The slow and sad demise of The Office
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How a show based on workplace awkwardness lost its way and became awkwardly unwatchable...
To fall in love, as everyone comes to realize sooner or later, is to leave one's self vulnerable to heartbreak. Just as this is true in real life, so can it be true in our daydreams and pastimes. This can even apply, whether reasonably or not, to something as benign and relatively-unimportant as a television series. For why would a typical viewer decide to watch a program if he or she did not care about the people involved, or what they did, or who they did it with? Such emotional investment in a mere television show, however, can be a dangerous thing. Once a particular program gains traction among television enthusiasts, the stakes are raised, the pressure is on, and the show's writers and stars find themselves besieged by the expectations of millions of viewers. Success, it often turns out, can be the worst thing to happen to a program's cast and crew.
I tend to be characteristically "late to the party" when it comes to shows that hit it big, but that isn't to say that I'm wholly a television imbecile. It's just that I don't have the time to keep up on most new shows. Often, I haven't latched on to an example of great television until after it has ceased broadcasting. I'm a fan of many older shows, mostly comedies, ranging from I Love Lucy to Roseanne, with many stops in between. I also have a huge soft spot for long-retired British comedies - shows like Are You Being Served?, Fawlty Towers, Keeping Up Appearances, and all four series of Black Adder. I missed those particular selections when first broadcast only because of my (comparatively) young age, not because of disinterested malaise. Regardless, I have always tried to keep abreast of programs across the pond that have managed to spread via word of mouth to the States. That's how I heard about The Office.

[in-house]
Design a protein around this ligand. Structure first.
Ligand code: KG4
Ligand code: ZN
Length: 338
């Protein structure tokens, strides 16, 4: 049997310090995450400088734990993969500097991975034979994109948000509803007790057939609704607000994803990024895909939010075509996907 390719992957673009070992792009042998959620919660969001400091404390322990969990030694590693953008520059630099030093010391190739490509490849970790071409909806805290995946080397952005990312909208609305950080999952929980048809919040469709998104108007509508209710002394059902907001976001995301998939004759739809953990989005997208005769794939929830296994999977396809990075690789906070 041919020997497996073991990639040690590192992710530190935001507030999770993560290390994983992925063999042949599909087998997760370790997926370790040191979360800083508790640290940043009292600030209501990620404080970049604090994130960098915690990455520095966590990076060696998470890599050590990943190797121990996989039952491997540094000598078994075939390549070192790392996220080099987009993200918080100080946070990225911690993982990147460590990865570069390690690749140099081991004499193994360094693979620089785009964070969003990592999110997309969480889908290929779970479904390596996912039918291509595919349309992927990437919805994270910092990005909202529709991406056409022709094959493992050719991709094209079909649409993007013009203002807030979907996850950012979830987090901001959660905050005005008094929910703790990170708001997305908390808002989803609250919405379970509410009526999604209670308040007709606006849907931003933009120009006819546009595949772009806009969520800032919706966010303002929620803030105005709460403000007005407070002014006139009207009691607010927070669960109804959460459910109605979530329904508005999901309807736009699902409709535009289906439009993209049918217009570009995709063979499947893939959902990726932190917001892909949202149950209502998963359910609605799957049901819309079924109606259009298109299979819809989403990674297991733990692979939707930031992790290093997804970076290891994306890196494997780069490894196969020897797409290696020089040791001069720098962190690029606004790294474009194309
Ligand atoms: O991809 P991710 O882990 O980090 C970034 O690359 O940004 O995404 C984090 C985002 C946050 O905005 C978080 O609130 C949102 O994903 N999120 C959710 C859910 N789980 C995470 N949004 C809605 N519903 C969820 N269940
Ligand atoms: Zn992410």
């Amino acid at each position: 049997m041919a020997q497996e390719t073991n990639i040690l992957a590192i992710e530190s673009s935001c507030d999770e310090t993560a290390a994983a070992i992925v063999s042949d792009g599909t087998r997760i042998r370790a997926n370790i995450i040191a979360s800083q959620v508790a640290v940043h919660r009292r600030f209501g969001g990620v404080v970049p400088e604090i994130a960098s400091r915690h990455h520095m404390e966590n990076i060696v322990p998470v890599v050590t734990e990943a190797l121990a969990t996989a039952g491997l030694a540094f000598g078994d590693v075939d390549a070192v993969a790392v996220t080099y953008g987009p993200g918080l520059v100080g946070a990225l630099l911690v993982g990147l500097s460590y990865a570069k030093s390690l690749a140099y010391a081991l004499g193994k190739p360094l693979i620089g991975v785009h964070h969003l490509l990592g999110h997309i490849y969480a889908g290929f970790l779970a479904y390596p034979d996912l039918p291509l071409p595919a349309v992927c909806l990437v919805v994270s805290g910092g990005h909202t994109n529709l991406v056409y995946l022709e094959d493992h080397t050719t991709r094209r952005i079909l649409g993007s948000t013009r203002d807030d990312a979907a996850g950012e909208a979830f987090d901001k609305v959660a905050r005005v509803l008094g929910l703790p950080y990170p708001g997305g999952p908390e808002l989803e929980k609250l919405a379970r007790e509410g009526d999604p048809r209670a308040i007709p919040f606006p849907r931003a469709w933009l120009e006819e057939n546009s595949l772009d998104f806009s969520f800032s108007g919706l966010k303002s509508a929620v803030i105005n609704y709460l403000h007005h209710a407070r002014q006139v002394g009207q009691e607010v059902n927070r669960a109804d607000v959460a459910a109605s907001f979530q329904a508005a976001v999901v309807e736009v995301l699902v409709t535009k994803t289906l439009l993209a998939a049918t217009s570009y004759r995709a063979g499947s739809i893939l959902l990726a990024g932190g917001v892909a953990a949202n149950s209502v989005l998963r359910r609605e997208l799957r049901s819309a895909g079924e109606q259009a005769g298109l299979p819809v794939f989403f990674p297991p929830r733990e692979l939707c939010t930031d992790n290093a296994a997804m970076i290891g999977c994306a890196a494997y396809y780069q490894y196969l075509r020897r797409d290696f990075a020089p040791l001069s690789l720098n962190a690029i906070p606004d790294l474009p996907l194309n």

If you're reading this article, the chances are good that the decision on my part to launch into a detailed retrospective of Ricky Gervais' outstanding mockumentary would waste both your time and mine. Suffice it to say that in only two seasons, the original British version of The Office became one of the most legendary comedy series in UK history. A 2004 BBC poll pegged it at #25 in its list of Britain's best sitcoms ever. To be fair, though, it did have a bit of an edge on most of its contemporaries - the great majority of its viewers could, and can, directly relate to it.
I have never held a job that could be precisely described as taking place in a "cubicle farm", but I worked in customer service for roughly 12 years before the birth of my daughter and my subsequent stay-at-home dad 'career' that has followed. So whether or not I have labored in the same exact atmosphere as the characters in The Office is beside the point. I know all too well the crushing boredom and mindless repetition of the white collar drone. There's a pretty fair chance that you know it, too. In only 14 episodes, Gervais and Stephen Merchant created a hopeless work atmosphere in fictional Wernham-Hogg's Slough branch, complete with unlikeable suck-ups, unrequited love, an irritating and perpetually clueless boss, pointless regulations, and all the drivel that comes with being forced into business relationships with people whom you would never dream of knowing in your personal life. Nearly all of us have been there. The Office merely let us laugh at other people forced to endure it for a change. But only for 14 episodes. That's all they needed.